Tuesday, May 08, 2007

RENT - The Paramount

The Paramount
May 8, 2007 – May 13, 2007
Tickets and Information

Jonathan Larson’s hit musical, RENT, is a classic in its own time. Since its premier in early 1996, RENT has captivated America’s attention with its rock-opera style and its apropos subject matter. Dealing with issues all-too prevalent in Larson’s own life, his musical tackles the issues of AIDS, homophobia, bohemianism, homelessness and the constant struggle to pay rent while never selling out and betraying one’s ideals. Larson himself never saw his musical come to full fruition. He died in his apartment on January 25, 1996; ten days before his birthday and only days from the premier. His autobiographical musical, Tick-Tick…BOOM!, chronicles the trials and tribulations he went through while trying to write RENT including his best friend and roommate being diagnosed with AIDS. In RENT, Larson’s vision of a modern adaptation of Giacomo Puccini’s La Boheme comes to life with a vivaciousness rarely attempted on stage.

As an ensemble, this cast in incredibly tightly-knit. The excitement and power they provide and elicit is spectacular. Harley Jay (playing Mark Cohen) provides an unbelievable performance. His originality and his energy shine through and visibly energize everyone on stage. Warren G Nolan, Jr. (playing Tom Collins) also stands out, bringing up in himself emotions strong enough to draw them out of each audience member.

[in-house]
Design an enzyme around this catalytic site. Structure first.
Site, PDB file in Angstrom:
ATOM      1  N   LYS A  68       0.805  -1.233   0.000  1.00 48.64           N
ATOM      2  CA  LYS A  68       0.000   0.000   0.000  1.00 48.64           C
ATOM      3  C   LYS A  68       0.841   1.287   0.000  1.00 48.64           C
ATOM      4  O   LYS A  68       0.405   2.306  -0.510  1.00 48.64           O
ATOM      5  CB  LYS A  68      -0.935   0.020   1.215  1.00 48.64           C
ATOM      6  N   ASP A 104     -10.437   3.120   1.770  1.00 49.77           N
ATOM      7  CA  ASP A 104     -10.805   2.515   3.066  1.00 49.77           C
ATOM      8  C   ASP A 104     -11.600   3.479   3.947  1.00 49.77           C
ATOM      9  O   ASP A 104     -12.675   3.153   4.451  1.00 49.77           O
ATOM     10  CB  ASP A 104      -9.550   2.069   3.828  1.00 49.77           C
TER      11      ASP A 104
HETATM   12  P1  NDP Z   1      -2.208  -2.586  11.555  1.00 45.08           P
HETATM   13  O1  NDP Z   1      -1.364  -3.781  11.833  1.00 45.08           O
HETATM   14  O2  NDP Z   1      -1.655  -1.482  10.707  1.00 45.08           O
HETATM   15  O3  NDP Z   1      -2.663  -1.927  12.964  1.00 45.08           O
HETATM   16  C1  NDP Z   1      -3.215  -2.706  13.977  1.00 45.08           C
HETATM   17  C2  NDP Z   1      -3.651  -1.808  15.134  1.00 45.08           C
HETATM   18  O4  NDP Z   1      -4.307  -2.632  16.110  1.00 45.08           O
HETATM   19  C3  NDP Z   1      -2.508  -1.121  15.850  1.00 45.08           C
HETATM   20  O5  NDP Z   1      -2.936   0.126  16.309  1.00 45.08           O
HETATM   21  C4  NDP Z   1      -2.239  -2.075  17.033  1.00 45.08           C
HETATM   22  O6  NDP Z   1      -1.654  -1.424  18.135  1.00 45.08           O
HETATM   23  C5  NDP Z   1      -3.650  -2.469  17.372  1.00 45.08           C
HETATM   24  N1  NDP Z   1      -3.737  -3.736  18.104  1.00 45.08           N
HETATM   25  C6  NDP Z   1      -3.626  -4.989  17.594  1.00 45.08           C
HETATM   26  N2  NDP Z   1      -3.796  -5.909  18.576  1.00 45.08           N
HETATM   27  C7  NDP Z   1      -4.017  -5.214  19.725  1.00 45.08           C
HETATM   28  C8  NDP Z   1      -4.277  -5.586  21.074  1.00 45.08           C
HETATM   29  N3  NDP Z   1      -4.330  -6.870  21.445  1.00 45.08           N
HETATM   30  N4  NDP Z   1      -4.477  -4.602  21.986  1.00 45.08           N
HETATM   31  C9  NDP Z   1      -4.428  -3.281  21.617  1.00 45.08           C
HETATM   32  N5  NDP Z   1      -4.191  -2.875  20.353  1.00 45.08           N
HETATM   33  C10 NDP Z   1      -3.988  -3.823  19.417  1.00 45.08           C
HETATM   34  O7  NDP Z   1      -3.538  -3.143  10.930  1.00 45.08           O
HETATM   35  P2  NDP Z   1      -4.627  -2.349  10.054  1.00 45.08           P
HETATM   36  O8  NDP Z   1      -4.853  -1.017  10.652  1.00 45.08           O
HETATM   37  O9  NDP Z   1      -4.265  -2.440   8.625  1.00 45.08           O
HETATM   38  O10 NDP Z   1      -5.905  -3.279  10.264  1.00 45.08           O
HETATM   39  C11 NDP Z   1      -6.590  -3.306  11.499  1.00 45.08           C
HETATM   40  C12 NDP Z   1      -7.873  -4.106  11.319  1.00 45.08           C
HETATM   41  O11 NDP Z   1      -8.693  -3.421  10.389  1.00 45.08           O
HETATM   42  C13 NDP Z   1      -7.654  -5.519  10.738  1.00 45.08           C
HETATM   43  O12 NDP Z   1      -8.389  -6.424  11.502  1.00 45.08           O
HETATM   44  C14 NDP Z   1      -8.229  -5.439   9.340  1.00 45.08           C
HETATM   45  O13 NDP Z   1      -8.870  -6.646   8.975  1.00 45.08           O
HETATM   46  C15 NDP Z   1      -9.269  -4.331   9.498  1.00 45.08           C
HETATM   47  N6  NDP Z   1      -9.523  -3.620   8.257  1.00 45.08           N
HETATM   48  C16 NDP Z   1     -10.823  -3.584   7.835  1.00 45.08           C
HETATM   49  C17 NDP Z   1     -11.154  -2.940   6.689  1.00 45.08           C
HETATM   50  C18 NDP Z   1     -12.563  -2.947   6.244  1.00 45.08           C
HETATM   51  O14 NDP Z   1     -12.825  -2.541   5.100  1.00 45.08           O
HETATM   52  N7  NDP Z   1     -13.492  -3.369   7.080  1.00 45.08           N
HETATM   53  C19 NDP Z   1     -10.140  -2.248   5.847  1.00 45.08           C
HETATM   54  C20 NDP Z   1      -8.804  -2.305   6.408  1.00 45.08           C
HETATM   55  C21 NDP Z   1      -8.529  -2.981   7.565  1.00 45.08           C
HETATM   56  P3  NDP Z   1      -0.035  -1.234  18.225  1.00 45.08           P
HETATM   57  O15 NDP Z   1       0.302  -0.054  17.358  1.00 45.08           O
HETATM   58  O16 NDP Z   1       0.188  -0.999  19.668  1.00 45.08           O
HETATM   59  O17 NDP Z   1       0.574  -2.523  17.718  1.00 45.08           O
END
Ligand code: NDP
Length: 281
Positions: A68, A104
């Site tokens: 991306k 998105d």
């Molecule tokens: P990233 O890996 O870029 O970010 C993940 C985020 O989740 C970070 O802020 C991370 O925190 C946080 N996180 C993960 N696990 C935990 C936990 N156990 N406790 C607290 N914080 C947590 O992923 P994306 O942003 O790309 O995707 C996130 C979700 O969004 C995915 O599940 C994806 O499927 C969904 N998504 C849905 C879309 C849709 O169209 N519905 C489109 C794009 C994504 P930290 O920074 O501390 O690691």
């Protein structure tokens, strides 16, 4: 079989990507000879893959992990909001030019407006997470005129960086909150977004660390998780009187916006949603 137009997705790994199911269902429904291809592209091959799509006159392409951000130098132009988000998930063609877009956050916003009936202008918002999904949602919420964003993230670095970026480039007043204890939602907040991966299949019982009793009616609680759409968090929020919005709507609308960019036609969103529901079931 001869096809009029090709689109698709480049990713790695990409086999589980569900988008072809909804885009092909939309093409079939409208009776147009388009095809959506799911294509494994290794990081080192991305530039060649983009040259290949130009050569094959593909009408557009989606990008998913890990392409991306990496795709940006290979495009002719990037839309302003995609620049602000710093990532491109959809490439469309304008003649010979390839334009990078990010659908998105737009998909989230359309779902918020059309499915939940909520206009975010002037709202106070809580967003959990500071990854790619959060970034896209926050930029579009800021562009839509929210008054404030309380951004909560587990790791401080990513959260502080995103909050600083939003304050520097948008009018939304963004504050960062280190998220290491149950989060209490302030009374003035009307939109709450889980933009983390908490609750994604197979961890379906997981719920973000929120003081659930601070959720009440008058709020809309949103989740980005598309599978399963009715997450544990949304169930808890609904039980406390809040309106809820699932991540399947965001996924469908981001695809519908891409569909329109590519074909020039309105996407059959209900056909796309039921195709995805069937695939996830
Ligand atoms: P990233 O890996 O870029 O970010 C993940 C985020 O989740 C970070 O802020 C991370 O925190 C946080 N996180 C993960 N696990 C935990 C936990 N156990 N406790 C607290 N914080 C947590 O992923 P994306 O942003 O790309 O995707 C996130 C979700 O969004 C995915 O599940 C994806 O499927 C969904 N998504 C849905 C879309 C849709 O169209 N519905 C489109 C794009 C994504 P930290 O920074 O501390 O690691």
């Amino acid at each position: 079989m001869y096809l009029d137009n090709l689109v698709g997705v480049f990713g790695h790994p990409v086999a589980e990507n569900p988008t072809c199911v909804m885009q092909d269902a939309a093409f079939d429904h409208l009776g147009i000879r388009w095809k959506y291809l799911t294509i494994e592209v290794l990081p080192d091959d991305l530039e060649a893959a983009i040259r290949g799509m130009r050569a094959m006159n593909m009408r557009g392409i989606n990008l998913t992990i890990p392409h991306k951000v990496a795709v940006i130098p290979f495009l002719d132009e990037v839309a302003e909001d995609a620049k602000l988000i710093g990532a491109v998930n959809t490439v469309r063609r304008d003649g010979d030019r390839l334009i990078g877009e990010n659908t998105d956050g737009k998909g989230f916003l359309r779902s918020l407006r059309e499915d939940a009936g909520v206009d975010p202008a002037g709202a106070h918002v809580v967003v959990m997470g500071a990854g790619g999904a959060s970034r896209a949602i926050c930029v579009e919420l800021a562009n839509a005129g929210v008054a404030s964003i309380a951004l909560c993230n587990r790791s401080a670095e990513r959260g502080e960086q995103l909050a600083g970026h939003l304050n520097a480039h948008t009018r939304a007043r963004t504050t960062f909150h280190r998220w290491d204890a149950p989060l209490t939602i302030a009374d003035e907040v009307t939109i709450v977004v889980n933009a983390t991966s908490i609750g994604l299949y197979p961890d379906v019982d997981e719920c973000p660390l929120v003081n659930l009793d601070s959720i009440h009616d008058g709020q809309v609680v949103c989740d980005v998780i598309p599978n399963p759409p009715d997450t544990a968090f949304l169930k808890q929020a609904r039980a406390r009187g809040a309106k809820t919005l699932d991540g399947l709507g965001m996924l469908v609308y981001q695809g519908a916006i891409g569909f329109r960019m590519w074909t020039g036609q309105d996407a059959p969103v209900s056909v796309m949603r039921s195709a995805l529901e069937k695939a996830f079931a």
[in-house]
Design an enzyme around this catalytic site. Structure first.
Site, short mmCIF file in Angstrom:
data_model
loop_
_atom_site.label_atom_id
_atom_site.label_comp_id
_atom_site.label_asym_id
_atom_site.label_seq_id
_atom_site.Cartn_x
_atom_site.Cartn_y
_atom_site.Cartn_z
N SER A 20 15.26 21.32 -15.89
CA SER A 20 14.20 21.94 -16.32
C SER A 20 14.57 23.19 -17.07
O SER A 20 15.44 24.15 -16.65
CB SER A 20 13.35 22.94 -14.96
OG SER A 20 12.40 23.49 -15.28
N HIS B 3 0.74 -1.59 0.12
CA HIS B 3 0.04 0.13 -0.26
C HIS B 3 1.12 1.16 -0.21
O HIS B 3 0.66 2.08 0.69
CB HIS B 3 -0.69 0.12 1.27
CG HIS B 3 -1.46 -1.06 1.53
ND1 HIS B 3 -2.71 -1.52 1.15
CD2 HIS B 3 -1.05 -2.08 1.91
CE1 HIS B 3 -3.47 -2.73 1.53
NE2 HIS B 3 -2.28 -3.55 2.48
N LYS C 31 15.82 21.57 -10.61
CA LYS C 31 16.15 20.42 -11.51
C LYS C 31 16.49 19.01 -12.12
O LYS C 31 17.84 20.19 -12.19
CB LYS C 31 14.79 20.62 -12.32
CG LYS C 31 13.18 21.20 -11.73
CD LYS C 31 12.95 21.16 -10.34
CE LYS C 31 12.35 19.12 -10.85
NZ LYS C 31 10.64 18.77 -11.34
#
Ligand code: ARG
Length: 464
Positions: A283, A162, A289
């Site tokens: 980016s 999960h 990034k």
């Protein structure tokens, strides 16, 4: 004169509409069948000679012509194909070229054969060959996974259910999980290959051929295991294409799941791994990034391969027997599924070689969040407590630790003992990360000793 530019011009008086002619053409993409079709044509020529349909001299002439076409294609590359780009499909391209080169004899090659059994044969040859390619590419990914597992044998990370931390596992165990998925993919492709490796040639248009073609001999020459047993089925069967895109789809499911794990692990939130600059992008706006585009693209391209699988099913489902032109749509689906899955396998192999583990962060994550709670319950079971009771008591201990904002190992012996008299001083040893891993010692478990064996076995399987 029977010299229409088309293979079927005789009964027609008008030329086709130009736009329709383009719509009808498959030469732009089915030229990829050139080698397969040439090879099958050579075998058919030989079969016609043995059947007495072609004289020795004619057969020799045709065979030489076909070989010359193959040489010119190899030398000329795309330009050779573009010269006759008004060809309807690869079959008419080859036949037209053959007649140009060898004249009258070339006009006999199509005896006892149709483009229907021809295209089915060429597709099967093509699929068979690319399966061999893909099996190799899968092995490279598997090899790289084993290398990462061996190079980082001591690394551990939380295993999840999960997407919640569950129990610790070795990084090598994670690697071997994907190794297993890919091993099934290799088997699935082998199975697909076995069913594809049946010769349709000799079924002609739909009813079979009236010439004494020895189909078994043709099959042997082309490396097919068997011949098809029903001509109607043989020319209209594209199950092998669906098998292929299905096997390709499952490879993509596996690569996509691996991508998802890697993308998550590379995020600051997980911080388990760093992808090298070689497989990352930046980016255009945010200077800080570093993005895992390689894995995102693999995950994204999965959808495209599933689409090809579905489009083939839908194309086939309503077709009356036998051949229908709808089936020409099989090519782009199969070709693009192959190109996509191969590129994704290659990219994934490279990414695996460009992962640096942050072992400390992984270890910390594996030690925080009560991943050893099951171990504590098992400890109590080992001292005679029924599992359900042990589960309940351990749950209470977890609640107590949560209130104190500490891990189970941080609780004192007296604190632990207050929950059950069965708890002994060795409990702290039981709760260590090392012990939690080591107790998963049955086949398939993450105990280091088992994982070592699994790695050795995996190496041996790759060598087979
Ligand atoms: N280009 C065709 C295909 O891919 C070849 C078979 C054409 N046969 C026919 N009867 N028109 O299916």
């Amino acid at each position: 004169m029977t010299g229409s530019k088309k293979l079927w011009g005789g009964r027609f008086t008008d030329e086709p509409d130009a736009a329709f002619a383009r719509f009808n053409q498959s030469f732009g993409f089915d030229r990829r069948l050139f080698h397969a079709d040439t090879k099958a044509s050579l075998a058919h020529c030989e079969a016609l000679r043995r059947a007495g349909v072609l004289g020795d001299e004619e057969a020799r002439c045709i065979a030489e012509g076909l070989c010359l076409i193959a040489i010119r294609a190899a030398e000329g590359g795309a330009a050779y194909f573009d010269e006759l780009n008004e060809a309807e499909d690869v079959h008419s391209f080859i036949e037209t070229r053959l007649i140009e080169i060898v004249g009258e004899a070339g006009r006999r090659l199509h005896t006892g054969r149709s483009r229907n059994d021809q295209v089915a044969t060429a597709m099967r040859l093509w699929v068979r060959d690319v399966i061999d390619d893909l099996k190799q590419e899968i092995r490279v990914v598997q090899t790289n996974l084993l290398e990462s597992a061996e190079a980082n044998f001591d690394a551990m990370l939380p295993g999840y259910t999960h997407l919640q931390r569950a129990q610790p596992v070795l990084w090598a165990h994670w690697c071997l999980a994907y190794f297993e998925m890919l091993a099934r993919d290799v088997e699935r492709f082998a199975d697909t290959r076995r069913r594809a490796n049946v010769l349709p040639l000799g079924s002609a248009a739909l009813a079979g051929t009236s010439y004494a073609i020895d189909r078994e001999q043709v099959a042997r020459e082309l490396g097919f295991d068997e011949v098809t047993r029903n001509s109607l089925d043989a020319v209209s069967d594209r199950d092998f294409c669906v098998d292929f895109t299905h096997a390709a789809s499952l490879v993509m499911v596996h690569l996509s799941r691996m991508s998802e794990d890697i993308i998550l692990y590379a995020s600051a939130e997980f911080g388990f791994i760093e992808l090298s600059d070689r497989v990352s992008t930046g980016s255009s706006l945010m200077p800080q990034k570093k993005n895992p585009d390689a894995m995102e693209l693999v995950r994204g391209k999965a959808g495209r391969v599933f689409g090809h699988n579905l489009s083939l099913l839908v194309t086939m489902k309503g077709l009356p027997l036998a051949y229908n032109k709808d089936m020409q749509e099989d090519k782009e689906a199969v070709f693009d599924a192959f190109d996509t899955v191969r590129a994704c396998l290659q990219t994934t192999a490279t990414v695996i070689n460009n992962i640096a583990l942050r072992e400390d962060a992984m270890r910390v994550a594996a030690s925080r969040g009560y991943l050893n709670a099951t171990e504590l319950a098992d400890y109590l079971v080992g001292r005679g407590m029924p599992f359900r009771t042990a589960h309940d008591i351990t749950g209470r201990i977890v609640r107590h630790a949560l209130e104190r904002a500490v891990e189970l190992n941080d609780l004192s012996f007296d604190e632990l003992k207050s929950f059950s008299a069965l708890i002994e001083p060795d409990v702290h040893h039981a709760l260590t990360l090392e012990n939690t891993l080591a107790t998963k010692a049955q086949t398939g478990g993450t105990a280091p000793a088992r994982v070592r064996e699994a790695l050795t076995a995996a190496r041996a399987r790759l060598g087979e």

Joan Marcus, 2006

Michael Greif’s direction of RENT brings forth originality hard to come by with such a well-known musical only in its eleventh year of existence. Keeping true to Larson’s vision yet creating his own vision as well, Greif finds a middle ground on which to walk, allowing some movement in inspiration and flow. Augmented in this by Tim Weil (Music Supervision and Arranger) and Jared Stein (Keyboard and Conductor), Larson’s music takes on a life of its own. Bringing the tempo up substantially from the original conduction, one can feel overwhelmed by it but not in an extreme. The speed and flow is consistent and keeps the audience on its toes. Also making its presence known and welcomed, Blake Burba’s lighting design is an absolute work of art. The precision of each transition and the magic of each effect are captivating.

As popular as it is and as quoted as it is by high schoolers and adults alike, RENT still has the power to move an audience. Jonathan Larson’s message is as readily received as ever, if not even more so today. Bringing modern rock, Broadway-styled lyrics and music and the updated adaptation of Puccini’s classic operatic story, RENT, quite literally, has something for everyone.

Review by Nigel Andrews

No comments: